“Bullied and beaten up”, she soldiers on, self-rebooting at 60, still thinking out loud, still finding new ways to dance, with unexpected interventions from Bowie, The Beast and Baba O’Riley. “I have to share this with the world,” declares Madonna.
Interview by Danny Eccleston
Madonna is tired and hungry. Tired because it’s past 11pm and she’s just polished off two mob-handed round-table interviews with journalists from Japan and continental Europe, plus intimate tete-a-tetes with two other UK publications, having only arrived in London this afternoon. Hungry, because she missed her dinner.
Huddled on a sofa in a voluminous black jacket, Marilyn-blonde, sniffling slightly, one of the planet’s top five most famous living people wears a black eye-patch with a big silver X over her left eye. Offered two bags of crisps — one posh root vegetable-style; the other common-or-garden spud-based — she tears open the latter and gets stuck in, encouraging MOJO not to wait ’til she’s clone. “Don’t mind the crunching,” she crunches.
The occasion of our encounter is the pending release of Madonna’s 14th studio album, entitled Madame X. Like many of her best, it’s infatuated with rhythm — gorging on a buffet of world beats encountered in and around Lisbon, her home for the past 18 months. With some singing in Portuguese, and a co-starring role for Colombian reggaeton star Maluma on lead-off track Medellin, it’s a typical failure to second-guess her audience, and the fruit of a familiar quest for new information to garnish her favourite song-writing topic: Madonna.
“From the beginning, she was hungry to learn,” says Nile Rodgers, who produced Madonna’s first US Number 1 album, 1984’s Like A Virgin, “and she always wanted world domination.” Curiosity and drive were, indeed, much in evidence from the moment Madonna Louise Ciccone swopped Bay City, Michigan for late-’70s New York, as was the rough-and-ready write —combined with ’50s movie star self-packaging and edgy, performance-art ‘acting out’ — she brought to her first decade in mainstream pop.
In the ’90s, Madonna’s compulsion to reveal and provoke invited controversy: the Like A Prayer video that outraged the Vatican; the mid-strength smut of her Sex book and Erotica albums… Subsequent long-players — notably 1998’s Ray Of Light, 2003’s American Life and 2015’s Rebel Heart — have expounded on what it’s like to be Madonna: taking low blows for choices in her personal life (the two pored-over marriages; her recent adoption of four children from poverty-stricken, AIDS-ravaged Malawi) and responding to her critics, in her songs, as reflexively as a Morrissey or Jack White.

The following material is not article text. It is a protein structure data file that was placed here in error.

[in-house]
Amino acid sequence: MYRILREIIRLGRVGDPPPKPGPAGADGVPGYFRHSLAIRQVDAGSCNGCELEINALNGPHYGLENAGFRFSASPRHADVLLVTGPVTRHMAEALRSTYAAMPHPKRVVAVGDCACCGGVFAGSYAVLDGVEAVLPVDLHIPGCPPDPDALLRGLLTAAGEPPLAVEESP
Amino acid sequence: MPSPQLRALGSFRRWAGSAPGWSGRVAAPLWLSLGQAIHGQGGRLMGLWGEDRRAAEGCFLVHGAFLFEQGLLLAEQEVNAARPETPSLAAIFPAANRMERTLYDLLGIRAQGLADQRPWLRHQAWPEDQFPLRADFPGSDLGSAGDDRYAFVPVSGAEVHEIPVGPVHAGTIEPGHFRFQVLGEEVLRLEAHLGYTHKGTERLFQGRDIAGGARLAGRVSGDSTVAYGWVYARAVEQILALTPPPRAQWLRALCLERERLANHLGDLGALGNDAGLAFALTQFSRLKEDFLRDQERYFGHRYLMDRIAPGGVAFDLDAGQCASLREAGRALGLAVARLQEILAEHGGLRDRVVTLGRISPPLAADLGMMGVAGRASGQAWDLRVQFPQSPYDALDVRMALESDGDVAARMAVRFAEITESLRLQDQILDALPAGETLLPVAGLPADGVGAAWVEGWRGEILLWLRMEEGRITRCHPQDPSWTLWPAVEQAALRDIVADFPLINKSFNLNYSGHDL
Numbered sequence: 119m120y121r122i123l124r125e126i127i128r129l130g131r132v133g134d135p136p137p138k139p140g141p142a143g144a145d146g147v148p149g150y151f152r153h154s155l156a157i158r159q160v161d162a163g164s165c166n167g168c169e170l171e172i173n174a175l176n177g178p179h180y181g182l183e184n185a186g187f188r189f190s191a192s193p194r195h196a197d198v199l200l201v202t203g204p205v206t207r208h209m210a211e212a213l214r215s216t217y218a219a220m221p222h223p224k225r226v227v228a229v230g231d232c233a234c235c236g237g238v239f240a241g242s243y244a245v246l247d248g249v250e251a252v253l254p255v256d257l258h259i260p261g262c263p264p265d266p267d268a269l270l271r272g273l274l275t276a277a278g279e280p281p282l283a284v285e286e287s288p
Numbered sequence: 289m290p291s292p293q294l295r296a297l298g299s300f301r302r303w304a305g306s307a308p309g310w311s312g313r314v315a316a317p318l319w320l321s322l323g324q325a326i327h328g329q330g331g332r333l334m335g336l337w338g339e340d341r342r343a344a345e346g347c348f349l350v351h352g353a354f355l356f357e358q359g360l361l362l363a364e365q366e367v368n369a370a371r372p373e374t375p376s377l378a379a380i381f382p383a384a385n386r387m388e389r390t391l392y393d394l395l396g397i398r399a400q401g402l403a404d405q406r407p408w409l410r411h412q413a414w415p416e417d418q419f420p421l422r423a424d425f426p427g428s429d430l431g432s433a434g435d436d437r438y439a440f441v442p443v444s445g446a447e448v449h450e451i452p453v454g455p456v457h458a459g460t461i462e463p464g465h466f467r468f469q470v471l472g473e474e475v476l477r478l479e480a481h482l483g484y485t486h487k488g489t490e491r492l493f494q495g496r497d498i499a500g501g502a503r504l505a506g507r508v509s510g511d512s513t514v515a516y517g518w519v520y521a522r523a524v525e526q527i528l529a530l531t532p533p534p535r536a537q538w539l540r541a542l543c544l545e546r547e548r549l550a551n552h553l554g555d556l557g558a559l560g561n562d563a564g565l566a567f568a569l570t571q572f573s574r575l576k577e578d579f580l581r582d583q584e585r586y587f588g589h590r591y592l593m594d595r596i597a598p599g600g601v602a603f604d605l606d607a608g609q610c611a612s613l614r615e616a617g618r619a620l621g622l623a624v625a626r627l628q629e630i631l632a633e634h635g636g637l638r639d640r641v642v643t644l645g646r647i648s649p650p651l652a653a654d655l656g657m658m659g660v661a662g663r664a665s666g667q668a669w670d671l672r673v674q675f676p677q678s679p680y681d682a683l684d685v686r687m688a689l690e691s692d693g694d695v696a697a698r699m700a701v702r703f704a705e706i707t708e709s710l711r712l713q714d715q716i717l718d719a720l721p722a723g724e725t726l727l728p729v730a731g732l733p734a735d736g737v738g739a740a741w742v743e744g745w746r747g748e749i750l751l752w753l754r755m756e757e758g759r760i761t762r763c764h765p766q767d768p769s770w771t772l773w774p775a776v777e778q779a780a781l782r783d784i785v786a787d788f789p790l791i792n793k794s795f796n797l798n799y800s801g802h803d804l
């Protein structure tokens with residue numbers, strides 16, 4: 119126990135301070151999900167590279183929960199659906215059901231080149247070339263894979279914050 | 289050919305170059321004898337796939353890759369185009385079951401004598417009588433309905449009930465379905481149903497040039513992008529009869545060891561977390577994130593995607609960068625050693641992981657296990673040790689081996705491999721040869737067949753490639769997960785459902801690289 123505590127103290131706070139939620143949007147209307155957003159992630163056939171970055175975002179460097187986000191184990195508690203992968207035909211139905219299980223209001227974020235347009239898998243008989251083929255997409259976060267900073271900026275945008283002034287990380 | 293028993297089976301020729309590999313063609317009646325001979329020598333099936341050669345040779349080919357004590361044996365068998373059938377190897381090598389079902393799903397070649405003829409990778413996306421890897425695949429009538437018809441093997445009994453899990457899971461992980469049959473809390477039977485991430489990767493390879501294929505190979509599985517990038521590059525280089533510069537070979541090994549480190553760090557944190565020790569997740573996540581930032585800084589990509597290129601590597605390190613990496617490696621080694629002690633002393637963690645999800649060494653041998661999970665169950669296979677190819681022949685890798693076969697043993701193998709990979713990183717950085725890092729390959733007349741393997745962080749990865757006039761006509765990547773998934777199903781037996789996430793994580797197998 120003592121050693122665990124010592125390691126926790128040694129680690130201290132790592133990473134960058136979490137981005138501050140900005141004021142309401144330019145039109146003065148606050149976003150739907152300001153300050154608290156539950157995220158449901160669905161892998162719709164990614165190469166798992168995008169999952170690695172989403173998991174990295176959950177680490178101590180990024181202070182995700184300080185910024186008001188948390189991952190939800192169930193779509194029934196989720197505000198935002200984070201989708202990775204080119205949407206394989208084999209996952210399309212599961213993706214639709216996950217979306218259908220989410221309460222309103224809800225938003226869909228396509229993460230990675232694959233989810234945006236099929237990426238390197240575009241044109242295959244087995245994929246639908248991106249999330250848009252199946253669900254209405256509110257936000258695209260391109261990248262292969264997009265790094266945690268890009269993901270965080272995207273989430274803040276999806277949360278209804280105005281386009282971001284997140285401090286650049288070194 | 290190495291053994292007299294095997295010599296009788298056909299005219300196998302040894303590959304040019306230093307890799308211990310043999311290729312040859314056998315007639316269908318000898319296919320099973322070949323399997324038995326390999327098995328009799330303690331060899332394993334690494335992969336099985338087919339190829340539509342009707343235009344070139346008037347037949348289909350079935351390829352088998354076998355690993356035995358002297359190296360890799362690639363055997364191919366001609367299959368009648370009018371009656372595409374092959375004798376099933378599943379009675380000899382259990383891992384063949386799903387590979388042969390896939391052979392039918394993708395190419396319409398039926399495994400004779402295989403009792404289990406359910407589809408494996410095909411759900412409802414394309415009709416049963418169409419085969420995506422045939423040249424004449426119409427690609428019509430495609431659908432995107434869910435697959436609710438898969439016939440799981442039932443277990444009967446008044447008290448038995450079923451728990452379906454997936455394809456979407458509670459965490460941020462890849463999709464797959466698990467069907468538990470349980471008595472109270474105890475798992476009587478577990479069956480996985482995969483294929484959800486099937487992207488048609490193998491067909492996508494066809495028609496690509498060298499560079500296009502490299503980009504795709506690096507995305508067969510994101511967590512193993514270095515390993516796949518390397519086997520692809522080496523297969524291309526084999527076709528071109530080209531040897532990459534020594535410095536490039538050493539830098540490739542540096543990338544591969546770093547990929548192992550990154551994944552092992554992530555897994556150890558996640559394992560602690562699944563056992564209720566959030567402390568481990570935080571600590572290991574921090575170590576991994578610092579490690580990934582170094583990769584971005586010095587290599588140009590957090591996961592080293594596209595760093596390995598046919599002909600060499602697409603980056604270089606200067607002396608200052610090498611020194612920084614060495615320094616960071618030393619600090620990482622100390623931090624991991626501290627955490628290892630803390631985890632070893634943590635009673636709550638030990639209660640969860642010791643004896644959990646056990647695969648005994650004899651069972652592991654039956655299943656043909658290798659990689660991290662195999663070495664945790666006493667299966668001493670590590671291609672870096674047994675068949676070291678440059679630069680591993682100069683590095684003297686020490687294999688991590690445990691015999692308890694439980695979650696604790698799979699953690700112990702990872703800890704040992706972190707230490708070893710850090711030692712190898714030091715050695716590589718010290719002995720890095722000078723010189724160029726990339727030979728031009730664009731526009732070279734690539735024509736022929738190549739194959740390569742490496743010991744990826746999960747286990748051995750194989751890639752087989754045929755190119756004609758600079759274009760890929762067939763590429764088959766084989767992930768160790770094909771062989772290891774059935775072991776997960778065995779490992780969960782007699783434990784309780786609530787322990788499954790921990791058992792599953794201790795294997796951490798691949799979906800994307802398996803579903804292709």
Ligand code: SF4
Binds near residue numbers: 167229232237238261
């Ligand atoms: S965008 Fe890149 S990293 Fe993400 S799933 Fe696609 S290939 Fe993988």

Unsurprisingly then, there’s a glint of wariness in the star’s one visible blue-green eye — and it’s unclear, sometimes, if a line of questioning has caused offence or she’s just messing with you. But the cloudy intervals are offset by outbreaks of playfulness and her genuine relish when she gets into a topic — say, the evidence for a historical Joan of Arc, or the nuances of North African rhythm styles — that she’s up on.
Music is not always the main topic in a Madonna interview, but music is, unsurprisingly, the subject on which she’s most engaging and — if perhaps inadvertently — revealing…
How do you know it’s time to make an album? Is it like a spider sense? Or are there suddenly a load of ideas, and you have to use them or lose them?
Sometimes that happens. But it has definitely not happened in the last… three records. Honestly, the last couple of albums, I’ve made them reluctantly. Both times I was trying to do something else – to get a film made. That happened on this record too. I moved to Lisbon because I wanted my son [David Banda] to be able to attend a soccer academy, and I was trying to raise money for a film, and then I got bored waiting and then I ended up making a record. So it just kind of happened. It wasn’t like a… burning thing that I had. But then other times, I did have lots of ideas stirring inside of me and I did have a burning desire.
So which were the albums that just had to be made?
Ray Of Light. That would be one. Like A Prayer. But my life was simpler then. Like A Prayer – I was married to Sean [Penn]. I had no children and my life was very simple. Ray Of Light, I had my daughter, but again, I didn’t have such a complicated life. Now my life is complicated.
But is there an extra focus that comes with the time restraints?
Well, because time is so limited and precious, you do have to be laser-focused and not waste any time. Because you’re juggling, you know? Taking care of six children, and they live in three different countries, and you’re doing other jobs and taking care of other people. And I do have other areas of interest, and film-making is one of them. And I’ve been working for years on a screenplay and I have another script that I’m supposed to direct. With this album, at first I was just playing around and experimenting, and then I was officially Making A Record. And when that happened, I did have to become very focused.